Ok, now to the biggie that I cannot ignore and knew was coming from the moment I opened the book. Appropriation. There was no way a fictionalised book with Abraham Lincoln as the core character wasn’t going to involve some appropriation but oooooh it was a doozey. It was one of those books I went into faintly cringing knowing it was coming and I was still bowled over when it actually happened.

In this book, while Abraham Lincoln is morally opposed to slavery and thinks it’s wrong in its own right, he also thinks it’s wrong because Vampires like it. The vampires like having an enslaved race of disposable people for easy and quick snacking. Which is why slavery exists. Yes, really – we’re not talking some vampires taking advantage of slavery for feeding. The very institution of slavery in the US is created by vampires supported by vampires and controlled by vampires. It lasts as long as it does because it’s pushed and supported by vampires. Southern politicians and even pro-slavery politicians in the north support slavery because of vampire money and vampire influence and vampire threats. Jefferson Davis is a vampire pawn. John Wilkes Booth is a vampire.

The link I’ve posted says a lot of why this is problematic and I don’t think I’ve ever seen a more gross an example of appropriation as this one. This puts the blame for one of the world’s greatest evils onto the shoulders of supernatural beings. It’s not the fault of humans, it’s not humans committing this gross evil, it’s not humans doing this truly evil and inexcusable thing – it’s the vampires. The civil war happened because of the vampires. The secession happened because of the vampires. The Emancipation Proclamation was to encourage black people to rise up against the vampires.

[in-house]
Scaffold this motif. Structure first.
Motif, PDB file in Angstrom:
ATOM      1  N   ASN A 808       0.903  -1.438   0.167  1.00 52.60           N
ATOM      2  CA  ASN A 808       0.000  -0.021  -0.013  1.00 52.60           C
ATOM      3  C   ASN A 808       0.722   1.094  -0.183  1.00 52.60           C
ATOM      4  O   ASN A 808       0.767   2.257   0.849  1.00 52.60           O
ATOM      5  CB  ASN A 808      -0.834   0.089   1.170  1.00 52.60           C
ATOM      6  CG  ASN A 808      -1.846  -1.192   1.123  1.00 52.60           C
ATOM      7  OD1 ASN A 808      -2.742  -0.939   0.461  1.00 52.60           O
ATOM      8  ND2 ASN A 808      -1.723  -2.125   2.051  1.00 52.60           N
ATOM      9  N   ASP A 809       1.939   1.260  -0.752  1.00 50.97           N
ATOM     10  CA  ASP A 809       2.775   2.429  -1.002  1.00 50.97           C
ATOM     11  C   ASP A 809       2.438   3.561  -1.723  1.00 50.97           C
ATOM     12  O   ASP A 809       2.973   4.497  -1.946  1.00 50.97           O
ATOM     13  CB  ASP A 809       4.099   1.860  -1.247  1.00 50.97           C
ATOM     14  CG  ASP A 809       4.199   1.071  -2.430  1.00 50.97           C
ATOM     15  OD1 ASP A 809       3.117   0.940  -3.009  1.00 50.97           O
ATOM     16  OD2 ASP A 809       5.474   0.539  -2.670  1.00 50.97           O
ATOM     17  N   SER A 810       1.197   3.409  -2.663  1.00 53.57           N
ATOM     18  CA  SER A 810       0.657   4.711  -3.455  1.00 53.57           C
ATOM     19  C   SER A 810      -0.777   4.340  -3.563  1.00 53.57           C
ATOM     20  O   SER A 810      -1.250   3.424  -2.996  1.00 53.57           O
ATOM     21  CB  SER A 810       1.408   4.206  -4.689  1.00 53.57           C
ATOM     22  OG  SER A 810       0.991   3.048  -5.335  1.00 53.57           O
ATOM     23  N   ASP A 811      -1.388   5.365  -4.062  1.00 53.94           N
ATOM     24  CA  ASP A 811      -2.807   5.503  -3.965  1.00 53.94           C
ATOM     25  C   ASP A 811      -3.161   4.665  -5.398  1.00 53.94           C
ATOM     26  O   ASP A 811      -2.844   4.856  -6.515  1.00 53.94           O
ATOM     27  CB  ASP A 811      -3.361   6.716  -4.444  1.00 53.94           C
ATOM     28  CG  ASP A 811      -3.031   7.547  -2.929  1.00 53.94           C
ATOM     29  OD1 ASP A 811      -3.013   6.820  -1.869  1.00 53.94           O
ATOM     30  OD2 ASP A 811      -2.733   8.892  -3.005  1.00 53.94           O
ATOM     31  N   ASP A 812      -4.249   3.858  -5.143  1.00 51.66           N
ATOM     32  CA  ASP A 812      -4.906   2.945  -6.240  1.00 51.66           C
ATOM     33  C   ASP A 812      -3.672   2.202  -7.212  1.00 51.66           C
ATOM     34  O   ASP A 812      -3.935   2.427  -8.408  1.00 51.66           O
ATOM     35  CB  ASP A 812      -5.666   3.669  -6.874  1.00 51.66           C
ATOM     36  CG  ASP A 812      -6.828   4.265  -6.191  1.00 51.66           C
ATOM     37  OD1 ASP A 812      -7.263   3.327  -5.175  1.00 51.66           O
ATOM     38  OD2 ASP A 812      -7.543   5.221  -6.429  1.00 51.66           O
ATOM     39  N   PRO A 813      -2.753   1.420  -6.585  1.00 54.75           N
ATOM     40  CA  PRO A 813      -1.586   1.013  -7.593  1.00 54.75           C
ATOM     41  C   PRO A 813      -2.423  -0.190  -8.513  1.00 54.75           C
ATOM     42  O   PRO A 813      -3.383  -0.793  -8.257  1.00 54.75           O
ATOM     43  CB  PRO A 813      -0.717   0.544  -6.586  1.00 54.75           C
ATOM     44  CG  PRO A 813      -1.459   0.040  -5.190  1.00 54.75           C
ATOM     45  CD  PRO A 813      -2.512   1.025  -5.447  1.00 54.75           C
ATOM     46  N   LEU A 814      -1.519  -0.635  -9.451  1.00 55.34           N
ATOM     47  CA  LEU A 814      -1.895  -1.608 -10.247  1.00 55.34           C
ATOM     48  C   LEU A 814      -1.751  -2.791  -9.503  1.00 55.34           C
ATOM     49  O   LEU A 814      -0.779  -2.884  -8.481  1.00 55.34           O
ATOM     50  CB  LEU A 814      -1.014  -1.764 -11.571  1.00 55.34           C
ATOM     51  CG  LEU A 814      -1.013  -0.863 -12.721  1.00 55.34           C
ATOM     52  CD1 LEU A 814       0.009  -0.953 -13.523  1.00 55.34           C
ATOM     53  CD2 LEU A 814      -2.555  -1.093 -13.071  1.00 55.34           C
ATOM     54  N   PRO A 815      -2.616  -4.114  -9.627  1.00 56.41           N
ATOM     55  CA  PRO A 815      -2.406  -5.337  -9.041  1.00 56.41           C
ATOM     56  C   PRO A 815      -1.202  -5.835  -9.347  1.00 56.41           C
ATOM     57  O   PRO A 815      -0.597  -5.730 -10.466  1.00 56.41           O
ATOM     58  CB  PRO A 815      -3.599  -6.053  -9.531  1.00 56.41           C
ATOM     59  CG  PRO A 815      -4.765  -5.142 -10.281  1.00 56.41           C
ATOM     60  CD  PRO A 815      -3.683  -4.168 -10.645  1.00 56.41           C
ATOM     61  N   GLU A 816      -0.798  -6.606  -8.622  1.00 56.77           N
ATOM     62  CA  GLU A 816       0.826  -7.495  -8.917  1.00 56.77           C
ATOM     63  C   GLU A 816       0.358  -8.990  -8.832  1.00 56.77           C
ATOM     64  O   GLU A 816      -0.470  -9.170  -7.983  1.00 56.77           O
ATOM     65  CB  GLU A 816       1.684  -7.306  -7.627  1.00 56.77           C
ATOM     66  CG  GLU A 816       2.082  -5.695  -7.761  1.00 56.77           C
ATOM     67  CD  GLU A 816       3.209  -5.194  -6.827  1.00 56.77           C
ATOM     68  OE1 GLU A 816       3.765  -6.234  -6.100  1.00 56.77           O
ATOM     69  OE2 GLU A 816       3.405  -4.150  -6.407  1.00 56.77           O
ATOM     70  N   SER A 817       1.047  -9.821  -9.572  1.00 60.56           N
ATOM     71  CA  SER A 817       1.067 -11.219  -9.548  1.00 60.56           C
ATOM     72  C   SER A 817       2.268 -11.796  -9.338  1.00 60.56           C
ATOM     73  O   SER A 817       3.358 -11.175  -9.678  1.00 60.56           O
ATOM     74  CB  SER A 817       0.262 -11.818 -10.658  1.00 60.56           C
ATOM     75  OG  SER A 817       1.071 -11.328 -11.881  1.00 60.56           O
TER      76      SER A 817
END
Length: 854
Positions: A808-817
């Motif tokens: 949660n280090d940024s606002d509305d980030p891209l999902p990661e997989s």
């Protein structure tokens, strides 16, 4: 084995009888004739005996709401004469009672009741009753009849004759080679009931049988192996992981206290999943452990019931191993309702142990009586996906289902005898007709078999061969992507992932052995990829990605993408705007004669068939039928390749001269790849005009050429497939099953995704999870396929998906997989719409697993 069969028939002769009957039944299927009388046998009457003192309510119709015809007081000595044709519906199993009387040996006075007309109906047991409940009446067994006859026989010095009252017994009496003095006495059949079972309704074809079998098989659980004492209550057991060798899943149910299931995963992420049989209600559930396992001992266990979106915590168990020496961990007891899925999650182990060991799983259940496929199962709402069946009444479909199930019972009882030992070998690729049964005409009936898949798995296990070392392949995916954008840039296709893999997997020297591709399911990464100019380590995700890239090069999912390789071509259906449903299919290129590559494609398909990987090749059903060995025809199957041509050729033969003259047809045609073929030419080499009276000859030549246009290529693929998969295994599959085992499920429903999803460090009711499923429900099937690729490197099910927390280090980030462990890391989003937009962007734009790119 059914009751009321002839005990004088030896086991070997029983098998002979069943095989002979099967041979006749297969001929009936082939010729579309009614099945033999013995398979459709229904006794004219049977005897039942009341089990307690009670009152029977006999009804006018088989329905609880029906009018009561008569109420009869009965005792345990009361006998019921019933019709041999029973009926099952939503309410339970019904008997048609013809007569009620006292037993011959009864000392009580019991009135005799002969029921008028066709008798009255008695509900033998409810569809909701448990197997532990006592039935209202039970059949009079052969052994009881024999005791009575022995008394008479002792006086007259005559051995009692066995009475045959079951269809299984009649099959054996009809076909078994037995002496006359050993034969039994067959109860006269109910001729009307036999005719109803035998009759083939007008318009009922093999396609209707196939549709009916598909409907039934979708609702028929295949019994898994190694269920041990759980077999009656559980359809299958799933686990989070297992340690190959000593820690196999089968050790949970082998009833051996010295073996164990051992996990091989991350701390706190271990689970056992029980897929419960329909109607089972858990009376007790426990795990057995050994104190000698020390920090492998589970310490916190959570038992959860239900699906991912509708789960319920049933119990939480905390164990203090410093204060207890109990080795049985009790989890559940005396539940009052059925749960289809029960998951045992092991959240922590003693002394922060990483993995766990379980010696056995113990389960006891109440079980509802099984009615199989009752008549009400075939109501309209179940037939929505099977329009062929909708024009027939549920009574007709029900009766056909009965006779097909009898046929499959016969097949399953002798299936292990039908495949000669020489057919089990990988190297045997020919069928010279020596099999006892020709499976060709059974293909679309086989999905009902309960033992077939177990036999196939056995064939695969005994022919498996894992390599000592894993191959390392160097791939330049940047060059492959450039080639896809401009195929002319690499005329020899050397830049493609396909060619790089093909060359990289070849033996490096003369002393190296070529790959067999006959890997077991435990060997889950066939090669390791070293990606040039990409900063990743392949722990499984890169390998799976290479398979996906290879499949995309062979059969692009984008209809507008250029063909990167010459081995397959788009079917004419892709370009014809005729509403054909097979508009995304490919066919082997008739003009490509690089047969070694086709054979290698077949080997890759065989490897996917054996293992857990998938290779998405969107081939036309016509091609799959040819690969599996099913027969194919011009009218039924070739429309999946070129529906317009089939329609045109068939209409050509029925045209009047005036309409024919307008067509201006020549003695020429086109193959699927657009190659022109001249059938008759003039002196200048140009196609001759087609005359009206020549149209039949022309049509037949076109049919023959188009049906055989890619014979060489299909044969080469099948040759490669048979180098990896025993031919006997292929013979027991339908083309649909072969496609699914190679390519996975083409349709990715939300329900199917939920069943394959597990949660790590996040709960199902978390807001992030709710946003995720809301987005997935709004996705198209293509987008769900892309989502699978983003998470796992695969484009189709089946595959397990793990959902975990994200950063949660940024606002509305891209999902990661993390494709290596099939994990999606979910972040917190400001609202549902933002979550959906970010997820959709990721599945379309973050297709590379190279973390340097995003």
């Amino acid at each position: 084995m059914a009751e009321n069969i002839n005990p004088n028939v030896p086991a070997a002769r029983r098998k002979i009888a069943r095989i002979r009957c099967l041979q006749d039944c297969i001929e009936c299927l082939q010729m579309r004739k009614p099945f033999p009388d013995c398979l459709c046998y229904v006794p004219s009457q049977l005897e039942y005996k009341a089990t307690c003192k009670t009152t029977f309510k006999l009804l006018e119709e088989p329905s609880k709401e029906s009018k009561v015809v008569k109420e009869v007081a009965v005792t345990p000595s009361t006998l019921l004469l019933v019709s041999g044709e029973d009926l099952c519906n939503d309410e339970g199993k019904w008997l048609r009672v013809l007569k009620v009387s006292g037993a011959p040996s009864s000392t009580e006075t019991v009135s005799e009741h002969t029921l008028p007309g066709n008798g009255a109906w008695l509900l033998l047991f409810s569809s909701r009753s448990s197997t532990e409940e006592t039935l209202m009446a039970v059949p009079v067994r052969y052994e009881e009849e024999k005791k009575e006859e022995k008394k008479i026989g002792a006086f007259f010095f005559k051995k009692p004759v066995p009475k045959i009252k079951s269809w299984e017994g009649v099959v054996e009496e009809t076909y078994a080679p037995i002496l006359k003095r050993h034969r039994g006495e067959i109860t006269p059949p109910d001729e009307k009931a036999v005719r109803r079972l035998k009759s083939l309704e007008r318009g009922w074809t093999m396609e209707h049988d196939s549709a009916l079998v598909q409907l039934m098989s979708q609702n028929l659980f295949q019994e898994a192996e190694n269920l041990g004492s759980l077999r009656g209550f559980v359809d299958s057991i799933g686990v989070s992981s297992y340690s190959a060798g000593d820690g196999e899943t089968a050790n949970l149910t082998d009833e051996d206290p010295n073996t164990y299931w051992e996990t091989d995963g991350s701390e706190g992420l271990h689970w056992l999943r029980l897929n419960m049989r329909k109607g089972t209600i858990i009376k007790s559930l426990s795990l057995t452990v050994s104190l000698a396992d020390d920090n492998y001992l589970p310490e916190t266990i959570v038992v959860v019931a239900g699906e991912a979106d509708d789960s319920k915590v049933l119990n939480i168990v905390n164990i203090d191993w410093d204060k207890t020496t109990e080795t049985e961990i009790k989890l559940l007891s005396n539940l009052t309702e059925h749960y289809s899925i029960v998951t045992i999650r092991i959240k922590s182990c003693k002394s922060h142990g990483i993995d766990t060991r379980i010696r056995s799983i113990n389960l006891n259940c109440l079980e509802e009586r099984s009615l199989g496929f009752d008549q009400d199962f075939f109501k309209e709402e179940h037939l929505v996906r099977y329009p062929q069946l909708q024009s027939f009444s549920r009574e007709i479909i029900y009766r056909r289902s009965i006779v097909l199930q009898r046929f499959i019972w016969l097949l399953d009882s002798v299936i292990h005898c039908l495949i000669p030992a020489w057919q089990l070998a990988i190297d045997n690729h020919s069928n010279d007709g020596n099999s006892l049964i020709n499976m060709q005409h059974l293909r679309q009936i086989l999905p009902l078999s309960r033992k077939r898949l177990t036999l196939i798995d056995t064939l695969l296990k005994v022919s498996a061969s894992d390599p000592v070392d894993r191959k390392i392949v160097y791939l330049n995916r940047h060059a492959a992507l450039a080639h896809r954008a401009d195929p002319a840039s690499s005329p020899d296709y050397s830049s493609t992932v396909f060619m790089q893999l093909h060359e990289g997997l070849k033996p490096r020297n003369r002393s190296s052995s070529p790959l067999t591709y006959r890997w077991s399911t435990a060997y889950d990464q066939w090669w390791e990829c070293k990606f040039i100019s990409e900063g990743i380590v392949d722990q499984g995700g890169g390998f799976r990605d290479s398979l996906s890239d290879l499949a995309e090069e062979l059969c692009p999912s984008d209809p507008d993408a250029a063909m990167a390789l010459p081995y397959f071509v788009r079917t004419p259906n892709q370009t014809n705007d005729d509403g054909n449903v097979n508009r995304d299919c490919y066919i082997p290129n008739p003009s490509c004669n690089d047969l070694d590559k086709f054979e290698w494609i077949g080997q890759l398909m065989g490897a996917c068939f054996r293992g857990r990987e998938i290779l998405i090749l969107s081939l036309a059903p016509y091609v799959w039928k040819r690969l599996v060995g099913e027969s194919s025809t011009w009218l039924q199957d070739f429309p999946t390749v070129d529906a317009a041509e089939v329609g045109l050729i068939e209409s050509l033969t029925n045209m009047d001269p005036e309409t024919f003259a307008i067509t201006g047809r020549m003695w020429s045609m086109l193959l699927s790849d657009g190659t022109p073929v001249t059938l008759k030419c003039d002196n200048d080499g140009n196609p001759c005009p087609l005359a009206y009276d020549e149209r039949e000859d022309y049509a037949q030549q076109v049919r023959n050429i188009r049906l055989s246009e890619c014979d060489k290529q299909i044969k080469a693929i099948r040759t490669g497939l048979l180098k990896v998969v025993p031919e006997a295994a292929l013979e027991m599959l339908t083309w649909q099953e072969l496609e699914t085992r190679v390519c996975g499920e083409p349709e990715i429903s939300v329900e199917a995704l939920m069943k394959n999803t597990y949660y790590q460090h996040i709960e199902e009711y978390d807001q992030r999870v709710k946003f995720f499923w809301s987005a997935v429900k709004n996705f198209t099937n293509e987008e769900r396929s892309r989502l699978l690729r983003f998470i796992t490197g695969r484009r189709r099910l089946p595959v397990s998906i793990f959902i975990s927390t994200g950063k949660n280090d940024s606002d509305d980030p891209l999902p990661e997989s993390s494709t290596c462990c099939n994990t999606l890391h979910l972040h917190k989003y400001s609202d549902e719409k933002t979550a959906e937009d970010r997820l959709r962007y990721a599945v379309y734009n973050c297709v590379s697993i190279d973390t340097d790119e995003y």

The actual history of this horrendous time is being buried under a ream of fantasy. It ignores the perfectly human evil with the perfectly human perpetrators. You don’t need supernatural influence for severe human evil. I don’t need to say more because clicking that link will cover everything that is wrong because this is such a text book appropriation.

And in the closing pages of the book it also throws in a quick blaming of the Second World War on vampires as well. Just for that extra dollop

All in all it’s a moderate book. I won’t say the story is original or vastly different from many other hunter books though it does have the gimmick of being Abraham Lincoln, a very well know historical figure and to fully integrate this fictional vampire hunting into his actual life. It’s interesting to see it all woven together and seamlessly form a whole – the fact with the fiction, the recorded history with the mythical story.

And the action and story itself is amusing and well paced – it’s decently written albeit not in a style I prefer. But there is that great big appropriation issue that we can’t ignore and can’t look past. All in all, it’s probably worth borrowing but I wouldn’t buy it.